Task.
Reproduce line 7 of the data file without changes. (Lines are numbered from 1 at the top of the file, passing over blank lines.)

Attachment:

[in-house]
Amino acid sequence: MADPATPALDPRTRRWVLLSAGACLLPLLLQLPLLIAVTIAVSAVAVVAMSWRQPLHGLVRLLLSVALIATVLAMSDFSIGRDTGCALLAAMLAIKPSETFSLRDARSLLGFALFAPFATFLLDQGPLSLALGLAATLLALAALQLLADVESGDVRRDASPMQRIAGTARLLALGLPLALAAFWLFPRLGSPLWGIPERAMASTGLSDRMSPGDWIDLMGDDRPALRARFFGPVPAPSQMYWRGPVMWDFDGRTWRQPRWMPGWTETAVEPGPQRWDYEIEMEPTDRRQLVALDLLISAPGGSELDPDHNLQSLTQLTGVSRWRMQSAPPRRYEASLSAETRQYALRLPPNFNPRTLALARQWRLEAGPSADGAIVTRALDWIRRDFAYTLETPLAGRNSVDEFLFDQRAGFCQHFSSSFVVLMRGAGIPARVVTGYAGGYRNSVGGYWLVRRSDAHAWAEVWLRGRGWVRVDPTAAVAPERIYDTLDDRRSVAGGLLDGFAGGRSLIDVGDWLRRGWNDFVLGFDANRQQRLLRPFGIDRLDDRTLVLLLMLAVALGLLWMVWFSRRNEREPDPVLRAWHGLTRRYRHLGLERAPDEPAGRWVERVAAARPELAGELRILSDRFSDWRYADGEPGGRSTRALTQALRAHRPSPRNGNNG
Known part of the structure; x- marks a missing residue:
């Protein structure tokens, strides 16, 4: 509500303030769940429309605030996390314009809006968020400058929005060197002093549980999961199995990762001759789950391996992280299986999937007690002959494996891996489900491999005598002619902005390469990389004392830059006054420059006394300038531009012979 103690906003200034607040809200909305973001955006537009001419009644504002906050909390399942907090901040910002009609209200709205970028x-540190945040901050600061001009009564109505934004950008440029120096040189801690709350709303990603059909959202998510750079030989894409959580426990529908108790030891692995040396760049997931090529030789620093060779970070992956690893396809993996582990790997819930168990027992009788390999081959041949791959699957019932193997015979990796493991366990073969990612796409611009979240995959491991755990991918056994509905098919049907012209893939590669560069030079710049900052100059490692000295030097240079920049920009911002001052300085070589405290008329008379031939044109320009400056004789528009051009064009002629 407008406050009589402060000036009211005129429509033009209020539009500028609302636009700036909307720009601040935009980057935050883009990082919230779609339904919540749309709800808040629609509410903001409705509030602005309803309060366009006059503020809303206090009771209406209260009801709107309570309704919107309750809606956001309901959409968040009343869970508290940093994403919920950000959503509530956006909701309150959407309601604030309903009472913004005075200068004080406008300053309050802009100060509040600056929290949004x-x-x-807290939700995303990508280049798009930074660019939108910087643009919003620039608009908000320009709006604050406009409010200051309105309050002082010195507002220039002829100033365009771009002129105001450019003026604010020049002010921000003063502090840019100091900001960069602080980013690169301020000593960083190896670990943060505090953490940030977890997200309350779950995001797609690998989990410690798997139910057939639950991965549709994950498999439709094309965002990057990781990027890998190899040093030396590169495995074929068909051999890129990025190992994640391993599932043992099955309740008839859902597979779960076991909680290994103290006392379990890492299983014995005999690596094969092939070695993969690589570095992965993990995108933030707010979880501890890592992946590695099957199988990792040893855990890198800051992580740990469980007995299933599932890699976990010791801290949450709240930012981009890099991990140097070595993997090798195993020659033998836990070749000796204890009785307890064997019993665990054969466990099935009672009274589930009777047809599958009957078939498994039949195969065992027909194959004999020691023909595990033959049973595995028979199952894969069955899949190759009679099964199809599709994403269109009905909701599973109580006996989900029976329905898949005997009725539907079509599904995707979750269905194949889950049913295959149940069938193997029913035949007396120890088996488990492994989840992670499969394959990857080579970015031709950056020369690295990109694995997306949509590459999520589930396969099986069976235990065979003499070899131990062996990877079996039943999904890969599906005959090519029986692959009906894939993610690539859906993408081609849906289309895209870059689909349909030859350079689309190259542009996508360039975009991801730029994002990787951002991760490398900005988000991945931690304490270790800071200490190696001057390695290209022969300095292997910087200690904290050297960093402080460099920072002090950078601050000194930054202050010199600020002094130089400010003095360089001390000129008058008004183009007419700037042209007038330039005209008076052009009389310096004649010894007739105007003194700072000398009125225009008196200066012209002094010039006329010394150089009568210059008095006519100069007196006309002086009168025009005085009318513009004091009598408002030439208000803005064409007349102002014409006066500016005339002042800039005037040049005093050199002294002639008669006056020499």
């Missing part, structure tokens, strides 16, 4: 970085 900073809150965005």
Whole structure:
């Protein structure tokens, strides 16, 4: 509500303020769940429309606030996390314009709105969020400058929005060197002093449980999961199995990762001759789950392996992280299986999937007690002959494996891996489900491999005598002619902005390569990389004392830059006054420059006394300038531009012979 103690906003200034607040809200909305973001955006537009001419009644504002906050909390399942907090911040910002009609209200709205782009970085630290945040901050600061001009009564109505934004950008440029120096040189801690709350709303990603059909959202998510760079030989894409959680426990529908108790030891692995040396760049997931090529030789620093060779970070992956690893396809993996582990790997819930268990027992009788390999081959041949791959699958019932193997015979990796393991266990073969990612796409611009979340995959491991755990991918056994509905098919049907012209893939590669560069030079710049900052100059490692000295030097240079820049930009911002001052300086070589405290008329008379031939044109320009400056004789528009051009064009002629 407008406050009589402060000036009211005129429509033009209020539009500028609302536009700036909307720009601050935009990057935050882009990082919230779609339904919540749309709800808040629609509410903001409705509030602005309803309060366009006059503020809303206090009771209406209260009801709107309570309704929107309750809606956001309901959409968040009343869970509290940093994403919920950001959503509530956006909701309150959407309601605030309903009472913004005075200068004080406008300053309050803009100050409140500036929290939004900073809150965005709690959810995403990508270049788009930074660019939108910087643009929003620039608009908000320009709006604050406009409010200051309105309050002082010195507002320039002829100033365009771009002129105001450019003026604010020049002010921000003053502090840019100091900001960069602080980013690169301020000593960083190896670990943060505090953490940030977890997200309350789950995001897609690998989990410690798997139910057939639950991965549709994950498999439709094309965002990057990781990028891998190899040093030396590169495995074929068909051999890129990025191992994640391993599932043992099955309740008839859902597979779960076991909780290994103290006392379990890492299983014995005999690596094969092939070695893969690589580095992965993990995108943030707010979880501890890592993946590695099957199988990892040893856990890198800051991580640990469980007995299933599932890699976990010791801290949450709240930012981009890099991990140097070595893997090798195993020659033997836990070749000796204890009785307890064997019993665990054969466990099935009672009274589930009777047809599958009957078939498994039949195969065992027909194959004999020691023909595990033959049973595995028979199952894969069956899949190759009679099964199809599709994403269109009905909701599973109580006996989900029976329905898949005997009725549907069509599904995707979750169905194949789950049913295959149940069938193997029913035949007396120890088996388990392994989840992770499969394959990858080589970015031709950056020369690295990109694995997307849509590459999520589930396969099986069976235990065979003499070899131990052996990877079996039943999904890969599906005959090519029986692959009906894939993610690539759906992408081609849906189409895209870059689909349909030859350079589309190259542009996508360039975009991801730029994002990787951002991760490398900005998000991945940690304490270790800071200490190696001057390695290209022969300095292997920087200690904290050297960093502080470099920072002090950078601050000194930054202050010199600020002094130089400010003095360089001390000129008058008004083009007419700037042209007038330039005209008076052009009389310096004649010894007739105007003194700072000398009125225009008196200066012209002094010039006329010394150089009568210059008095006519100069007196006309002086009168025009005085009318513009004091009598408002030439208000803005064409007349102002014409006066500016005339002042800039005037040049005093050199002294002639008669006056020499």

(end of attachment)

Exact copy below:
């Protein structure tokens, strides 16, 4: 509500303020769940429309606030996390314009709105969020400058929005060197002093449980999961199995990762001759789950392996992280299986999937007690002959494996891996489900491999005598002619902005390569990389004392830059006054420059006394300038531009012979 103690906003200034607040809200909305973001955006537009001419009644504002906050909390399942907090911040910002009609209200709205782009970085630290945040901050600061001009009564109505934004950008440029120096040189801690709350709303990603059909959202998510760079030989894409959680426990529908108790030891692995040396760049997931090529030789620093060779970070992956690893396809993996582990790997819930268990027992009788390999081959041949791959699958019932193997015979990796393991266990073969990612796409611009979340995959491991755990991918056994509905098919049907012209893939590669560069030079710049900052100059490692000295030097240079820049930009911002001052300086070589405290008329008379031939044109320009400056004789528009051009064009002629 407008406050009589402060000036009211005129429509033009209020539009500028609302536009700036909307720009601050935009990057935050882009990082919230779609339904919540749309709800808040629609509410903001409705509030602005309803309060366009006059503020809303206090009771209406209260009801709107309570309704929107309750809606956001309901959409968040009343869970509290940093994403919920950001959503509530956006909701309150959407309601605030309903009472913004005075200068004080406008300053309050803009100050409140500036929290939004900073809150965005709690959810995403990508270049788009930074660019939108910087643009929003620039608009908000320009709006604050406009409010200051309105309050002082010195507002320039002829100033365009771009002129105001450019003026604010020049002010921000003053502090840019100091900001960069602080980013690169301020000593960083190896670990943060505090953490940030977890997200309350789950995001897609690998989990410690798997139910057939639950991965549709994950498999439709094309965002990057990781990028891998190899040093030396590169495995074929068909051999890129990025191992994640391993599932043992099955309740008839859902597979779960076991909780290994103290006392379990890492299983014995005999690596094969092939070695893969690589580095992965993990995108943030707010979880501890890592993946590695099957199988990892040893856990890198800051991580640990469980007995299933599932890699976990010791801290949450709240930012981009890099991990140097070595893997090798195993020659033997836990070749000796204890009785307890064997019993665990054969466990099935009672009274589930009777047809599958009957078939498994039949195969065992027909194959004999020691023909595990033959049973595995028979199952894969069956899949190759009679099964199809599709994403269109009905909701599973109580006996989900029976329905898949005997009725549907069509599904995707979750169905194949789950049913295959149940069938193997029913035949007396120890088996388990392994989840992770499969394959990858080589970015031709950056020369690295990109694995997307849509590459999520589930396969099986069976235990065979003499070899131990052996990877079996039943999904890969599906005959090519029986692959009906894939993610690539759906992408081609849906189409895209870059689909349909030859350079589309190259542009996508360039975009991801730029994002990787951002991760490398900005998000991945940690304490270790800071200490190696001057390695290209022969300095292997920087200690904290050297960093502080470099920072002090950078601050000194930054202050010199600020002094130089400010003095360089001390000129008058008004083009007419700037042209007038330039005209008076052009009389310096004649010894007739105007003194700072000398009125225009008196200066012209002094010039006329010394150089009568210059008095006519100069007196006309002086009168025009005085009318513009004091009598408002030439208000803005064409007349102002014409006066500016005339002042800039005037040049005093050199002294002639008669006056020499």